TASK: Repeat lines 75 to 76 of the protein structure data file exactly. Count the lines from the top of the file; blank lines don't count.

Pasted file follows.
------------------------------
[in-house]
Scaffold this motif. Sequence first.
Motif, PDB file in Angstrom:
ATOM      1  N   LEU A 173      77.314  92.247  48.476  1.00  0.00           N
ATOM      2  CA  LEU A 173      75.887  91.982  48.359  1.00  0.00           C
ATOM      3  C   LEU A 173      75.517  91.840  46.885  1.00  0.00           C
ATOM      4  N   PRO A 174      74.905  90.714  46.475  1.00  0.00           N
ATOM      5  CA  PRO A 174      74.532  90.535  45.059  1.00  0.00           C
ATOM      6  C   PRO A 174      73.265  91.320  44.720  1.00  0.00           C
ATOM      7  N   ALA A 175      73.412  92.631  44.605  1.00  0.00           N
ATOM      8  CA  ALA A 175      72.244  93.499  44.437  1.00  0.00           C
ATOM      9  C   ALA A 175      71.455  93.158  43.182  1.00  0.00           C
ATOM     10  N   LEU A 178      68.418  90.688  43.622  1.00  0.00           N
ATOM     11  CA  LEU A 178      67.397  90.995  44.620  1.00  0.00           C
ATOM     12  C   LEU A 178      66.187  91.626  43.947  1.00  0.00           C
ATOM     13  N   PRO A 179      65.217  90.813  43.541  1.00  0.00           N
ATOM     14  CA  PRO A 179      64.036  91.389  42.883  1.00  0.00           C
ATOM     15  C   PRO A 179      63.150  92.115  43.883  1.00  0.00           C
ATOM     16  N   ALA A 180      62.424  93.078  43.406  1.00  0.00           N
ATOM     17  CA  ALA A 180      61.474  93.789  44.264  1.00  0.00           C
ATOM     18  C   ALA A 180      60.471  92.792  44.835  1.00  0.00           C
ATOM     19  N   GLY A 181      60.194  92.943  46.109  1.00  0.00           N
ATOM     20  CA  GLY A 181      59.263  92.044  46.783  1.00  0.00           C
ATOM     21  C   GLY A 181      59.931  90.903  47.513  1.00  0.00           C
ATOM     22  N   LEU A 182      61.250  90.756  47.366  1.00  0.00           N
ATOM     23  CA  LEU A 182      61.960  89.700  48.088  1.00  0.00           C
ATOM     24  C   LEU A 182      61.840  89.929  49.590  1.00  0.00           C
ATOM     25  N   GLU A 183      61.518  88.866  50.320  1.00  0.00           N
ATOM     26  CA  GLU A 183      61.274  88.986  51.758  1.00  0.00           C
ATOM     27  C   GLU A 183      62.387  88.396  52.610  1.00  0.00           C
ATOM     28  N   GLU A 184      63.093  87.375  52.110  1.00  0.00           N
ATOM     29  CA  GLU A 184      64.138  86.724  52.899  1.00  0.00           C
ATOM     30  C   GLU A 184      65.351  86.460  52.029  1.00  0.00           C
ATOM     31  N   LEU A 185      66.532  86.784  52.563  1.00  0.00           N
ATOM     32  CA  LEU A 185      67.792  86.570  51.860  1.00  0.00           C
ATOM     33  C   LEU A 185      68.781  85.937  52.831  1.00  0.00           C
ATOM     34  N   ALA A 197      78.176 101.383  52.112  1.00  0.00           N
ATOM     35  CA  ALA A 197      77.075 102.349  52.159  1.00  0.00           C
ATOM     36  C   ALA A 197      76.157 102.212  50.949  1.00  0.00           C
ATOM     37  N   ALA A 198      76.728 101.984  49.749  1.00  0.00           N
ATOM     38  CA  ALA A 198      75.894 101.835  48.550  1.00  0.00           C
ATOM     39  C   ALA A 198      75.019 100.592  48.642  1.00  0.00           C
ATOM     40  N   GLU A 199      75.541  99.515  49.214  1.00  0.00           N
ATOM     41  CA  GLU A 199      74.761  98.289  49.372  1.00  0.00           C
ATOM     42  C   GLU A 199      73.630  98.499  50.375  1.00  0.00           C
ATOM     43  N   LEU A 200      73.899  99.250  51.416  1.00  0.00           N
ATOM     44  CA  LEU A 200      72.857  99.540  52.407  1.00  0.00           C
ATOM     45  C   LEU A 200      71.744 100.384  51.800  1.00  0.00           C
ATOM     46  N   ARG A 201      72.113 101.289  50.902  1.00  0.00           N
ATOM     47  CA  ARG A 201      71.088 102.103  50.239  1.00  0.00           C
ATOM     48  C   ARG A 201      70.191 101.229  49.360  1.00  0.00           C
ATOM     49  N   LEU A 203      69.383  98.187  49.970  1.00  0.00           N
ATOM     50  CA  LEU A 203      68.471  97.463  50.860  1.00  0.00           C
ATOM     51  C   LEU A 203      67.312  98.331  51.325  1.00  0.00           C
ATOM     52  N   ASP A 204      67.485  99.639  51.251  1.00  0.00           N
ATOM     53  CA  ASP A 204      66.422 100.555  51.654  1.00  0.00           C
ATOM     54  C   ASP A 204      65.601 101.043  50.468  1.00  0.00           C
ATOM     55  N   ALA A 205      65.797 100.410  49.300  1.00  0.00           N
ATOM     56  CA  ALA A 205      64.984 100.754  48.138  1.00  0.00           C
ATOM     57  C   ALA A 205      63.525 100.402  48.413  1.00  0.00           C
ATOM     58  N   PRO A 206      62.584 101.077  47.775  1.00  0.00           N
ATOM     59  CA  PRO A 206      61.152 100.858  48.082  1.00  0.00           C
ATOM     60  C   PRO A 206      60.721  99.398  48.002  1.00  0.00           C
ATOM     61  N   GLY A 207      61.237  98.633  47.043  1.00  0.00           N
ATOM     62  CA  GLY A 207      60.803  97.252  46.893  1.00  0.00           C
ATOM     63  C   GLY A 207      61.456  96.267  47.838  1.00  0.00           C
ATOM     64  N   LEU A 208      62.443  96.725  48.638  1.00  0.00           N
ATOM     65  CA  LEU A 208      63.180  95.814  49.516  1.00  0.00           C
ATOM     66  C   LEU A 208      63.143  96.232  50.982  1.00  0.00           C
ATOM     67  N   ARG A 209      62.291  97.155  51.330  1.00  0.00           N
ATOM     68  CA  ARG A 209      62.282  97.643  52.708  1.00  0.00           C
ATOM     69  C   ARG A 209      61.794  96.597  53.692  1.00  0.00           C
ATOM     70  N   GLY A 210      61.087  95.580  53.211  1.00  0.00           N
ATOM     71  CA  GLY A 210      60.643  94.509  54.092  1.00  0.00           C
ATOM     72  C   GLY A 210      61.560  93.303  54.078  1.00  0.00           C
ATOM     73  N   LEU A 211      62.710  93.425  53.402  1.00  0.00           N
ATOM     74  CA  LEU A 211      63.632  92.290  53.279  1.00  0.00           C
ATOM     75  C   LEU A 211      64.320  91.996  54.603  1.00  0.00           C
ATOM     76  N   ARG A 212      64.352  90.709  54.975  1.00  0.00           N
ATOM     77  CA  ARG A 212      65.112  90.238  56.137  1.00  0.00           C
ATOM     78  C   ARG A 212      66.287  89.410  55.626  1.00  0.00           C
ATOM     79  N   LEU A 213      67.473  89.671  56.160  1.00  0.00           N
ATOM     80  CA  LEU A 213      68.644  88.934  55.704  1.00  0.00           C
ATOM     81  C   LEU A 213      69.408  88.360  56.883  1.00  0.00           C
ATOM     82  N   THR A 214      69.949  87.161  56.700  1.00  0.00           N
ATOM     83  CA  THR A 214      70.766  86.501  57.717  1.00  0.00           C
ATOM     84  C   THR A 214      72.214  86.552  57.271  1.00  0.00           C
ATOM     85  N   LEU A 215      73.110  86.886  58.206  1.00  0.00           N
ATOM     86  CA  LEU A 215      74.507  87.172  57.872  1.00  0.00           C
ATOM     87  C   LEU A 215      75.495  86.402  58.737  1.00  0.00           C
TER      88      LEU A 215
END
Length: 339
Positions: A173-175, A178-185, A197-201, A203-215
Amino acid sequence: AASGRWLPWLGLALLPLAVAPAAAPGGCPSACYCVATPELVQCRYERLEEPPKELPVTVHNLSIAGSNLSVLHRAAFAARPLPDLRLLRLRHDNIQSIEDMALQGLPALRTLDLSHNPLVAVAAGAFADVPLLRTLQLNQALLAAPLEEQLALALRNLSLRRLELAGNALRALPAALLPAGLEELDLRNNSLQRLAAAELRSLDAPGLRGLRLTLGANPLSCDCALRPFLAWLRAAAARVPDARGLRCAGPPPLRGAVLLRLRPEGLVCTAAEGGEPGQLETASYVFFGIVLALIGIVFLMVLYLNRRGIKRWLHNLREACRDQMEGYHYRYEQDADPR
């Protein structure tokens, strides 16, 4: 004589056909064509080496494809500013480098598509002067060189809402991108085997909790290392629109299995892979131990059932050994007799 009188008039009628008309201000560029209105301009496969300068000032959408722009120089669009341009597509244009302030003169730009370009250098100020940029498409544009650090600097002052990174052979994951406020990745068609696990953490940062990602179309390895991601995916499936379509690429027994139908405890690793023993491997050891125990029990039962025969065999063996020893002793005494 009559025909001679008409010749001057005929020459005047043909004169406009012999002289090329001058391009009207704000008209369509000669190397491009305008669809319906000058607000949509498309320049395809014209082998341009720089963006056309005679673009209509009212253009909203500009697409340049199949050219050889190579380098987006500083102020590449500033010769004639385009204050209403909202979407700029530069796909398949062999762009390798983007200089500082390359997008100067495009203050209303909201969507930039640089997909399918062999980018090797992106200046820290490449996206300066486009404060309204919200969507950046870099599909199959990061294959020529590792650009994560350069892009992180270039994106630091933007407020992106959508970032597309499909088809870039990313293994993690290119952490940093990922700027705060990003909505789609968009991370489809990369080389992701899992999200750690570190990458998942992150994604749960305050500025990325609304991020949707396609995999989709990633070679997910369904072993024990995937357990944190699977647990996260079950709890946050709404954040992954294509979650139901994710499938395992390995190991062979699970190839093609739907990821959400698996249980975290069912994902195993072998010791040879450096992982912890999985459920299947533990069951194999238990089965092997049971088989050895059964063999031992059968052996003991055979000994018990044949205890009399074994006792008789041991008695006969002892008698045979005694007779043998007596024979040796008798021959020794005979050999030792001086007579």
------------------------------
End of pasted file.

ATOM     72  C   GLY A 210      61.560  93.303  54.078  1.00  0.00           C
ATOM     73  N   LEU A 211      62.710  93.425  53.402  1.00  0.00           N